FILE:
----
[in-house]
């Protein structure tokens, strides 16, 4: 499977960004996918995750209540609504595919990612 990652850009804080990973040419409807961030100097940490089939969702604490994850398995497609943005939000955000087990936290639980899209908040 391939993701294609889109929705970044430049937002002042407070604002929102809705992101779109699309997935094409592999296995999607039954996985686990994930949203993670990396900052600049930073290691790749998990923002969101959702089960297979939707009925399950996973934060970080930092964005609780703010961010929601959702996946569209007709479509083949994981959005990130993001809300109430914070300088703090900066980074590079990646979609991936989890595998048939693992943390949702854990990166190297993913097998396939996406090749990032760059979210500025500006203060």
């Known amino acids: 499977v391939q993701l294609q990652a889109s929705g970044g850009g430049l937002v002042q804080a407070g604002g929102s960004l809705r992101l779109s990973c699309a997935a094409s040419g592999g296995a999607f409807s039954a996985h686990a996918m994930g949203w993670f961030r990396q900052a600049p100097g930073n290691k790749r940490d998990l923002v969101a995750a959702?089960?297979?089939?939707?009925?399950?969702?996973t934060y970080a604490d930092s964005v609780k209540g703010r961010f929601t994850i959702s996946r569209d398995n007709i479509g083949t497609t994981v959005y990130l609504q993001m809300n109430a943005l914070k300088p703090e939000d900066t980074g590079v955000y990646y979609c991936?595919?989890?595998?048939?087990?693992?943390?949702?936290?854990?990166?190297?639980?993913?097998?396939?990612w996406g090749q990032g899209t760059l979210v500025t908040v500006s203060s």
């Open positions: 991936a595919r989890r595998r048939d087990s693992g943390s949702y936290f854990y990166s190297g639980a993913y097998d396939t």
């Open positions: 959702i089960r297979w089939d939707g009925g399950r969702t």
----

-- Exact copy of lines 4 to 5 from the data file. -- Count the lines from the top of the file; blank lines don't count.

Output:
């Open positions: 991936a595919r989890r595998r048939d087990s693992g943390s949702y936290f854990y990166s190297g639980a993913y097998d396939t």
């Open positions: 959702i089960r297979w089939d939707g009925g399950r969702t």